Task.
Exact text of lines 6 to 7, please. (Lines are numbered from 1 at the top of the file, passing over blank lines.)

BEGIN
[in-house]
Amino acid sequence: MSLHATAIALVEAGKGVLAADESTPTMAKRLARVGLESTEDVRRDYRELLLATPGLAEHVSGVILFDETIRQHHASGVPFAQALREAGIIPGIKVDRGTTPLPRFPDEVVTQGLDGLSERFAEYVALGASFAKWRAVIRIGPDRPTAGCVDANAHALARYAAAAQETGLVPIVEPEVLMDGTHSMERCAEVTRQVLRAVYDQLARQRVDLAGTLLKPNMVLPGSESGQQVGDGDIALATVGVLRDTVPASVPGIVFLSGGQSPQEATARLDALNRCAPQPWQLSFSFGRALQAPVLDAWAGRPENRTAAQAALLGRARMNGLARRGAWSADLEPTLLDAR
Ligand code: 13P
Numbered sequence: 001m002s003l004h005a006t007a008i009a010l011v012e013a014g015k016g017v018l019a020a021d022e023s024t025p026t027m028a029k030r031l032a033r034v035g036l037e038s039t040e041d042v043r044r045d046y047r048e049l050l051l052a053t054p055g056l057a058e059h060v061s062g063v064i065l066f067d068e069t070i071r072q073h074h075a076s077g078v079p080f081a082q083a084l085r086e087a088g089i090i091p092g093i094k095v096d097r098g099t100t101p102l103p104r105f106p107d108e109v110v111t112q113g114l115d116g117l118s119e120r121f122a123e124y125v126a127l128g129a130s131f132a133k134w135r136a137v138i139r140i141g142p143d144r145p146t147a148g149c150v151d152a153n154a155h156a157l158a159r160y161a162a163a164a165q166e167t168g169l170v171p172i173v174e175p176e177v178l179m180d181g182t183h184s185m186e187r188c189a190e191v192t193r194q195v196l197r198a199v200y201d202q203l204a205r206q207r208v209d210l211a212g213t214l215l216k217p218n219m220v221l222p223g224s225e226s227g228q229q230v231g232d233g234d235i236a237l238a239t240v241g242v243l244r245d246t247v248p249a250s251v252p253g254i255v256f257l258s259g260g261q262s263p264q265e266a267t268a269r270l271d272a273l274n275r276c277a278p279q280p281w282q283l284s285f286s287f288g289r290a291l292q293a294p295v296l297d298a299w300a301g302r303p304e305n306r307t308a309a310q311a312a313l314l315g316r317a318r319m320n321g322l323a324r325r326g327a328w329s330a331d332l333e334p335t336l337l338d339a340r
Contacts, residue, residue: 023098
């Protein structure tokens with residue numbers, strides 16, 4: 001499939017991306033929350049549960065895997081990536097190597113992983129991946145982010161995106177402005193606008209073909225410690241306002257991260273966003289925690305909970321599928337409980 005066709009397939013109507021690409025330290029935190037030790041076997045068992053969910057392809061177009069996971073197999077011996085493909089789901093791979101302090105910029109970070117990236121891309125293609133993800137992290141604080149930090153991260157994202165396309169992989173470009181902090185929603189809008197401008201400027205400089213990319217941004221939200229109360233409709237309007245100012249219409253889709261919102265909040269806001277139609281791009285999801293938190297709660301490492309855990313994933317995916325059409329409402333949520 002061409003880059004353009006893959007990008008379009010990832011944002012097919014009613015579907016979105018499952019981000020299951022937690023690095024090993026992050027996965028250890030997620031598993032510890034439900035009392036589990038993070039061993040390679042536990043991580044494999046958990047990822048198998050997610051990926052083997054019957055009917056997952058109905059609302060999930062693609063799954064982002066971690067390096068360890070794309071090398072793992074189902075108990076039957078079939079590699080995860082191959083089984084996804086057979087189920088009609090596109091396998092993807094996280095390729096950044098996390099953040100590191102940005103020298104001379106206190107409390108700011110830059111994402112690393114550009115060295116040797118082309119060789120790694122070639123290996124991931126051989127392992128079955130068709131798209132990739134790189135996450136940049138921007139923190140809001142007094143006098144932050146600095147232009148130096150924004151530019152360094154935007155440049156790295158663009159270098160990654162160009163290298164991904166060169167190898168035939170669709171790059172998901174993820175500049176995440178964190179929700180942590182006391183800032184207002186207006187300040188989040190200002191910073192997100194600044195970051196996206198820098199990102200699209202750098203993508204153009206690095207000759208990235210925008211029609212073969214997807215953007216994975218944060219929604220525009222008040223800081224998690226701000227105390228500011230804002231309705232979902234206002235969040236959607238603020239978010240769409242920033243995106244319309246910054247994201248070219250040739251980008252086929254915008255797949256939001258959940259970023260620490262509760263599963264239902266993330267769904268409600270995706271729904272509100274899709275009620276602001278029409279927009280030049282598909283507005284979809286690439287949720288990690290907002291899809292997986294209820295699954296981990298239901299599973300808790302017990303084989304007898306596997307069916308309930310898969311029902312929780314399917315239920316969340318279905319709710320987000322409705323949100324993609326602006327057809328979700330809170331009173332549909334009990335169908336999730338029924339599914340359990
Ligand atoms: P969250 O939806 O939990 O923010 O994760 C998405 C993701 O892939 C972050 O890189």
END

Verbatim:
């Protein structure tokens with residue numbers, strides 16, 4: 001499939017991306033929350049549960065895997081990536097190597113992983129991946145982010161995106177402005193606008209073909225410690241306002257991260273966003289925690305909970321599928337409980 005066709009397939013109507021690409025330290029935190037030790041076997045068992053969910057392809061177009069996971073197999077011996085493909089789901093791979101302090105910029109970070117990236121891309125293609133993800137992290141604080149930090153991260157994202165396309169992989173470009181902090185929603189809008197401008201400027205400089213990319217941004221939200229109360233409709237309007245100012249219409253889709261919102265909040269806001277139609281791009285999801293938190297709660301490492309855990313994933317995916325059409329409402333949520 002061409003880059004353009006893959007990008008379009010990832011944002012097919014009613015579907016979105018499952019981000020299951022937690023690095024090993026992050027996965028250890030997620031598993032510890034439900035009392036589990038993070039061993040390679042536990043991580044494999046958990047990822048198998050997610051990926052083997054019957055009917056997952058109905059609302060999930062693609063799954064982002066971690067390096068360890070794309071090398072793992074189902075108990076039957078079939079590699080995860082191959083089984084996804086057979087189920088009609090596109091396998092993807094996280095390729096950044098996390099953040100590191102940005103020298104001379106206190107409390108700011110830059111994402112690393114550009115060295116040797118082309119060789120790694122070639123290996124991931126051989127392992128079955130068709131798209132990739134790189135996450136940049138921007139923190140809001142007094143006098144932050146600095147232009148130096150924004151530019152360094154935007155440049156790295158663009159270098160990654162160009163290298164991904166060169167190898168035939170669709171790059172998901174993820175500049176995440178964190179929700180942590182006391183800032184207002186207006187300040188989040190200002191910073192997100194600044195970051196996206198820098199990102200699209202750098203993508204153009206690095207000759208990235210925008211029609212073969214997807215953007216994975218944060219929604220525009222008040223800081224998690226701000227105390228500011230804002231309705232979902234206002235969040236959607238603020239978010240769409242920033243995106244319309246910054247994201248070219250040739251980008252086929254915008255797949256939001258959940259970023260620490262509760263599963264239902266993330267769904268409600270995706271729904272509100274899709275009620276602001278029409279927009280030049282598909283507005284979809286690439287949720288990690290907002291899809292997986294209820295699954296981990298239901299599973300808790302017990303084989304007898306596997307069916308309930310898969311029902312929780314399917315239920316969340318279905319709710320987000322409705323949100324993609326602006327057809328979700330809170331009173332549909334009990335169908336999730338029924339599914340359990
Ligand atoms: P969250 O939806 O939990 O923010 O994760 C998405 C993701 O892939 C972050 O890189």